The violent street protests that have rocked Turkey are rooted in years of political and religious tension, but the recent conflict was ignited by anger over development in the country.
The initial conflict stemmed over plans to redevelop Gezi Park, which has been described as the last stretch of greenery in Istanbul. Plans called for the construction of a replica of Ottoman-era army barracks and a shopping mall, described by one historian as "a Las Vegas of Ottoman splendor."
"For many Turks, though, the development is not so much progress as a reflection of growing autocratic ambitions by Prime Minister Recep Tayyip Erdogan and his government," New York Times reporter Tim Arango wrote in a recent blog. "In full public view, a long struggle over urban spaces is erupting as a broader fight over Turkish identity, where difficult issues of religion, social class and politics intersect."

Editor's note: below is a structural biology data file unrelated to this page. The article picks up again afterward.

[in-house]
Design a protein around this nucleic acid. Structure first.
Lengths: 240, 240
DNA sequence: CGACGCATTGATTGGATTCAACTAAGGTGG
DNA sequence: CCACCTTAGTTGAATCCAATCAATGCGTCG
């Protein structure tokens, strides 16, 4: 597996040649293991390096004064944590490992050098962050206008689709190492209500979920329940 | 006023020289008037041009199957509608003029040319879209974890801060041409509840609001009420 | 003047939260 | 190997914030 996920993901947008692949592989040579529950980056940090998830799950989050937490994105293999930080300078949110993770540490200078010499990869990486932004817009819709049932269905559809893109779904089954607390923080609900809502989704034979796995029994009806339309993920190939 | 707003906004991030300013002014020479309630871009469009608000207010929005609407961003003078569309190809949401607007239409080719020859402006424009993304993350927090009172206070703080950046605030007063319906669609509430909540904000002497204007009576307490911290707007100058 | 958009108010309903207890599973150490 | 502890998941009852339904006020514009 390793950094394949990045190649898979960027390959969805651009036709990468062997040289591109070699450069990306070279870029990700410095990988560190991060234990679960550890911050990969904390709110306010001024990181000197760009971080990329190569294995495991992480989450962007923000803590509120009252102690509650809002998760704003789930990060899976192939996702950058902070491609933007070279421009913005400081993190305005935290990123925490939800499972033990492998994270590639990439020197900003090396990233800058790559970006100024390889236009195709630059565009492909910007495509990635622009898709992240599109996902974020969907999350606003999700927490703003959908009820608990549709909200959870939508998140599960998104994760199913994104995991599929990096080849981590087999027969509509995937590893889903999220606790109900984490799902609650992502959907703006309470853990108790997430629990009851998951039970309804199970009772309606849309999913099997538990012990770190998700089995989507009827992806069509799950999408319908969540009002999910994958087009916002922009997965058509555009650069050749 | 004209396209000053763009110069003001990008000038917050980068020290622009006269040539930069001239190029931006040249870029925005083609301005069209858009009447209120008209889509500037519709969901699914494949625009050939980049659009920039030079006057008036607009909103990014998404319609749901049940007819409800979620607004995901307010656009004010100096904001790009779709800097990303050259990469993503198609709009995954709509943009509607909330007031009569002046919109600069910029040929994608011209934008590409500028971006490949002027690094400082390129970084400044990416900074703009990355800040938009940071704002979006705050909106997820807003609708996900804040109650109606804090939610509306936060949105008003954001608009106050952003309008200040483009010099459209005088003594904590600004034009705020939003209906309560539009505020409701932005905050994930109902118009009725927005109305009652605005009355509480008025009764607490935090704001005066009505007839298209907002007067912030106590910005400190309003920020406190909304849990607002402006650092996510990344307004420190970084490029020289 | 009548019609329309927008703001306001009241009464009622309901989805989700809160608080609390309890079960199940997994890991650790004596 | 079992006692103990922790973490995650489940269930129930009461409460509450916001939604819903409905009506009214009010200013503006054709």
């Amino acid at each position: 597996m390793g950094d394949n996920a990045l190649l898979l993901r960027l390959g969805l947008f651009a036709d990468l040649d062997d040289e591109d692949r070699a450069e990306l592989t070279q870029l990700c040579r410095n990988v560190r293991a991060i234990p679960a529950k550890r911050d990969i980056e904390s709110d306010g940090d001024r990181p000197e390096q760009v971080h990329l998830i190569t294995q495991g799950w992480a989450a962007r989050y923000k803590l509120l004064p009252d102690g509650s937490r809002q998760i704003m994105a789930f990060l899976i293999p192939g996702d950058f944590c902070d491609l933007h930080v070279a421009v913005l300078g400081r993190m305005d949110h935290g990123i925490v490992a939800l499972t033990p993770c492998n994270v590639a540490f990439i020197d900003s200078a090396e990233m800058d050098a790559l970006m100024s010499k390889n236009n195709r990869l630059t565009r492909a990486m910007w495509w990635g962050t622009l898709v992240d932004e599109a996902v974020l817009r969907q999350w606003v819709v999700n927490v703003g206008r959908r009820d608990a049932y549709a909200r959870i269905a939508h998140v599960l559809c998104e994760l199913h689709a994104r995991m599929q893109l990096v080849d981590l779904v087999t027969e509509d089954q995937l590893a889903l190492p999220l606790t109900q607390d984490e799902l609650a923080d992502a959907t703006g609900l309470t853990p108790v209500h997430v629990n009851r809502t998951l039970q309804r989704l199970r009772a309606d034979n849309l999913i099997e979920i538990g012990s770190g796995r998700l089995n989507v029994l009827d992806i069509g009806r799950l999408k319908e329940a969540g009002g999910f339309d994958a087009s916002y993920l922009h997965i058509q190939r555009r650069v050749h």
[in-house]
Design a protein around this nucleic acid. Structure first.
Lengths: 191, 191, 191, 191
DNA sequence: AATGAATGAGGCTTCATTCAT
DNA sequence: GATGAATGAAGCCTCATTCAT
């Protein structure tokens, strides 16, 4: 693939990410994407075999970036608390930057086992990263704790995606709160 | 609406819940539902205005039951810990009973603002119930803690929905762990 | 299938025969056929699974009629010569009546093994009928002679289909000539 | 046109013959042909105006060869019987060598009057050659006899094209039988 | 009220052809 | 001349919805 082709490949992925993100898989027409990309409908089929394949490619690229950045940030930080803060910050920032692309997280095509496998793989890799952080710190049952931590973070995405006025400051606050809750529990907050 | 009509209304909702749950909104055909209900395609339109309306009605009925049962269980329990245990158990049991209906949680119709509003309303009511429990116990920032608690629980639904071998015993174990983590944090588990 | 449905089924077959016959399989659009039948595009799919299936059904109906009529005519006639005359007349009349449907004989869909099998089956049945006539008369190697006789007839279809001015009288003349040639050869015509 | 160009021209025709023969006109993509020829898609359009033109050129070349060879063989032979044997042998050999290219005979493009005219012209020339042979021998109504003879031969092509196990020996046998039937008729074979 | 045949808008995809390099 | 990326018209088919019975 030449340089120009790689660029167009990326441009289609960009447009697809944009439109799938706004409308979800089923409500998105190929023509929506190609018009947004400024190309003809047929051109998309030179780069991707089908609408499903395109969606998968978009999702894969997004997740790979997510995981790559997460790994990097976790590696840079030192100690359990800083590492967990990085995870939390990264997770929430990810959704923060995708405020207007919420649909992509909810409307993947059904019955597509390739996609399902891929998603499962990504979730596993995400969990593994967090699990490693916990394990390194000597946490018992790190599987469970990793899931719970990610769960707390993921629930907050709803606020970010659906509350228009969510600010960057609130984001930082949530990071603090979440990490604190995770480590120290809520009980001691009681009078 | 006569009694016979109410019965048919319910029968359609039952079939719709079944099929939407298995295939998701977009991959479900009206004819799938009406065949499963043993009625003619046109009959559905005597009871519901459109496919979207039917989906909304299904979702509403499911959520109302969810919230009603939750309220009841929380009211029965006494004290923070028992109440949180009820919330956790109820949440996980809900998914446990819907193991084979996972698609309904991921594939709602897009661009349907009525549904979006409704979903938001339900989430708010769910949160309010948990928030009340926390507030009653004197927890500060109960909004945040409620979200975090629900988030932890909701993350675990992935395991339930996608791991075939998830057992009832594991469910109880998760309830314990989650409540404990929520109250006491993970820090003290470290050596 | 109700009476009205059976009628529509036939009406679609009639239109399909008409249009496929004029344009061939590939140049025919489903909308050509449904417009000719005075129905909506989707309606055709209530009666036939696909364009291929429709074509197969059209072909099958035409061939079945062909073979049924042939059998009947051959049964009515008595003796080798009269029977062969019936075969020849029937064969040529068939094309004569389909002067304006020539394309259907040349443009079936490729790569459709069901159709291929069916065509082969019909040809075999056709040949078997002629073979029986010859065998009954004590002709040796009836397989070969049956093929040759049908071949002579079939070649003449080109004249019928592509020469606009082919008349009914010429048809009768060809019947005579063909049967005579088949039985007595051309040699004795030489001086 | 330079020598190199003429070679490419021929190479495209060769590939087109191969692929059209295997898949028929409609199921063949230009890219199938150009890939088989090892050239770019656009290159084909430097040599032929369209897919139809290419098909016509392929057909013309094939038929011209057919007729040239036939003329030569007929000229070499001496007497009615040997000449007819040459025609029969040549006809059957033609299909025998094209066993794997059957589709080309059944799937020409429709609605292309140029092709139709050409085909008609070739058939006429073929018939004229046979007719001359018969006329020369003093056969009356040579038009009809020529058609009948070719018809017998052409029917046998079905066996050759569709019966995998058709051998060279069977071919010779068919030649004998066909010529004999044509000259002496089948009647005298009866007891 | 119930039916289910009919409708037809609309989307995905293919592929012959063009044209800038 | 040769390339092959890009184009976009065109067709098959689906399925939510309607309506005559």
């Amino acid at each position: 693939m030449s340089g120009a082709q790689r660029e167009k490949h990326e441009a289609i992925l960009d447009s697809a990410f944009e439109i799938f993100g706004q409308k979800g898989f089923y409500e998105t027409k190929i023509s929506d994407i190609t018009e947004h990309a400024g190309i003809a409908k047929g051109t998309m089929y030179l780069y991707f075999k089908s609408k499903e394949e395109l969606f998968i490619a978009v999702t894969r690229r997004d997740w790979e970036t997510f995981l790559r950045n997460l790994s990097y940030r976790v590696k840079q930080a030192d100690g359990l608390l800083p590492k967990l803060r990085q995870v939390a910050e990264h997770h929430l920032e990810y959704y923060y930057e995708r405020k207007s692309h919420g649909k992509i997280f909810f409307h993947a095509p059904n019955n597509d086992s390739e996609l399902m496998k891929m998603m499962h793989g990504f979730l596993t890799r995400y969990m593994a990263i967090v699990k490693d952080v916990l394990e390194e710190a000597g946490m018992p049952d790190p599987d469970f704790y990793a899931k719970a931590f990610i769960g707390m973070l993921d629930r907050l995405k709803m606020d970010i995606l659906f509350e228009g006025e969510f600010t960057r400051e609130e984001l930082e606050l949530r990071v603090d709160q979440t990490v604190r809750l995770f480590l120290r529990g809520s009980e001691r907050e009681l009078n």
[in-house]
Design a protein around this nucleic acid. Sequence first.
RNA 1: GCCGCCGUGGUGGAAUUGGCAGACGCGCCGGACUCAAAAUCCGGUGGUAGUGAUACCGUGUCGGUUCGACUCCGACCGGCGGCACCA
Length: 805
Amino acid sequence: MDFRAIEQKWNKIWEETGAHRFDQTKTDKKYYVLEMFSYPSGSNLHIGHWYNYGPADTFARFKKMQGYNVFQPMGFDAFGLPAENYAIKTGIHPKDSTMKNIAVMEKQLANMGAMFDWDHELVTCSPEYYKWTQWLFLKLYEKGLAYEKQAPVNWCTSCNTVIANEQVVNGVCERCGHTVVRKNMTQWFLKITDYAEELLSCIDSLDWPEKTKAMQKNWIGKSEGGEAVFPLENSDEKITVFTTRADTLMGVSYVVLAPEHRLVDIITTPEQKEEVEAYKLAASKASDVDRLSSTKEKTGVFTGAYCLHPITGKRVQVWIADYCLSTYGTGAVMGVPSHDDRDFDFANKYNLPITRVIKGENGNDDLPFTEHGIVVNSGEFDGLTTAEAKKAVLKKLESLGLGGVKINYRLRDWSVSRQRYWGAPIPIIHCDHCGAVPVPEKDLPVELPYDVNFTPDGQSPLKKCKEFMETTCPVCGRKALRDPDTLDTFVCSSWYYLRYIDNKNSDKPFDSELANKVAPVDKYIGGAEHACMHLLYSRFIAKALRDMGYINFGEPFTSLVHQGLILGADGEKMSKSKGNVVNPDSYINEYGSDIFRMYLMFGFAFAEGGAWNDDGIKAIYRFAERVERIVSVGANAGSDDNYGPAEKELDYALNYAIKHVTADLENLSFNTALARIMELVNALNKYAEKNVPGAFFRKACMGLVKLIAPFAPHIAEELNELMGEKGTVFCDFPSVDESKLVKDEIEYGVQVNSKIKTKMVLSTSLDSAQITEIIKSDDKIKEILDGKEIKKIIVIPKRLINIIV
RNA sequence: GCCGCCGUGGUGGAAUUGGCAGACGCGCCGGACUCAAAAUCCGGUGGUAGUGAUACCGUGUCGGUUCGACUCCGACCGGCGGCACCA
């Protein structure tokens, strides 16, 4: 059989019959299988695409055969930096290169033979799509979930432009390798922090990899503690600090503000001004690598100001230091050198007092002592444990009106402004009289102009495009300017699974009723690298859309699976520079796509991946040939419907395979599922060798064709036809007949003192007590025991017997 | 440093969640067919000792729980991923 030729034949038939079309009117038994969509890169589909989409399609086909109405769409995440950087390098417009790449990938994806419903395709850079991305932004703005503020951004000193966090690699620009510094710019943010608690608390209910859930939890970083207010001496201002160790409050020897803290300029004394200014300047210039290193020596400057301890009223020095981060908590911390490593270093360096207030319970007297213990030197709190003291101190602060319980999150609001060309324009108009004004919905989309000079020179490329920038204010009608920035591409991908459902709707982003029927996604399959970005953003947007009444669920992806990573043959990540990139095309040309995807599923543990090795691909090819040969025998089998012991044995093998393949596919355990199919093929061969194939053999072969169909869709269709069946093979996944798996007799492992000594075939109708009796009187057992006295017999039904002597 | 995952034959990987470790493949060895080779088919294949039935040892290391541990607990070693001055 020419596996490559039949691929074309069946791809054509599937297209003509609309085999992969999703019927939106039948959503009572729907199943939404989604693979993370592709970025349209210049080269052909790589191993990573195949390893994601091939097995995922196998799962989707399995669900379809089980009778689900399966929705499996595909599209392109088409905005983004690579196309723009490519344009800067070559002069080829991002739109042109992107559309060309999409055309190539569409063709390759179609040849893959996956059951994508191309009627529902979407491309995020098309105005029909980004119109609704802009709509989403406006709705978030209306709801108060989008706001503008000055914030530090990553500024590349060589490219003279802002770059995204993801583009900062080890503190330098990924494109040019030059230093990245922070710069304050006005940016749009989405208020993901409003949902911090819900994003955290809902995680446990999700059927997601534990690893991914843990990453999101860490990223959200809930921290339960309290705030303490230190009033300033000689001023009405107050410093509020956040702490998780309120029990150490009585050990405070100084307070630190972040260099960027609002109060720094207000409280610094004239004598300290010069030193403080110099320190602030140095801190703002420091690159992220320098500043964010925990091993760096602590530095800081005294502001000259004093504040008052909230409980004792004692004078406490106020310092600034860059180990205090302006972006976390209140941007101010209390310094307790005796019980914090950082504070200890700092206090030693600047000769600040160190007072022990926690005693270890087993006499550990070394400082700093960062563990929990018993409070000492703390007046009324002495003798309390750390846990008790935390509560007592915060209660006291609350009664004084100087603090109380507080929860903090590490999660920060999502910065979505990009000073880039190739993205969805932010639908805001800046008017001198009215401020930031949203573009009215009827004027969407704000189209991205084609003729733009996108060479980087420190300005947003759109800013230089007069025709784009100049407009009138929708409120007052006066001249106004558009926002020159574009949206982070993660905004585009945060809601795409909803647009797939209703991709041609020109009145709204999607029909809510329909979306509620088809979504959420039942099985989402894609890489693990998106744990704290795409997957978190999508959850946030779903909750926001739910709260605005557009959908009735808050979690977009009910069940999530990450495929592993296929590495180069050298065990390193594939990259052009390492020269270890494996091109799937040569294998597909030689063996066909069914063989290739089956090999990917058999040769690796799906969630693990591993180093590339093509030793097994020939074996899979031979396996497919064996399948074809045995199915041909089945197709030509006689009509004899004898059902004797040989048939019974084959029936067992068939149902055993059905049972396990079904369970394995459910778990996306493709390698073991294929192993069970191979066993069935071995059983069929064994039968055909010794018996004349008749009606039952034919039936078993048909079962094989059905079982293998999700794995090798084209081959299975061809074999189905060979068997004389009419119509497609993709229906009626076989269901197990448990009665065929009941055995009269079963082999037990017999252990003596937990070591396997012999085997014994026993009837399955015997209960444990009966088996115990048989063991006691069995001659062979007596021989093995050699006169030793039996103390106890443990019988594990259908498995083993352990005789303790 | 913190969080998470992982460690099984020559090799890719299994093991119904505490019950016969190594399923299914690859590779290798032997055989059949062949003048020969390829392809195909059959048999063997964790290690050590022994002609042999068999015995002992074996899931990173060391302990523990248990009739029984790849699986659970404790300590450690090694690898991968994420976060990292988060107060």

The park plan was just the latest of several projects that government opponents say have been pushed through without proper input from the public. The list includes a historic movie theater which was torn down to make room for a shopping mall, the redevelopment of poor neighborhoods in Istanbul, a new bridge over the Bosporus and a canal that split the Eastern edge of the city.
Critics charge the government with ignoring opposing viewpoints.
"In a sense, they are drunk with power," Edhem Eldem, a historian at Bogazici University in Istanbul, told The Times. "They lost their democratic reflexes and are returning to what is the essence of Turkish politics: authoritarianism."
At the same time, the government has moved to implement new restrictions on alcohol and free space, raising concerns that the Middle East's largest secular government may be trying to implement Islamic rule.
"People are angry because the government is interfering in everything, be it the alcohol restriction, building of the third bridge, or the new Taksim Square," one protester told reporters. "Everything has piled up, and that's why people protest."
The aggressive clamp down on the protesters led to more protests and raised much larger issues for the country. But, more than anything, the protests were a stern reminder to all governments and developers that they ignore the interests of the people at their own risk.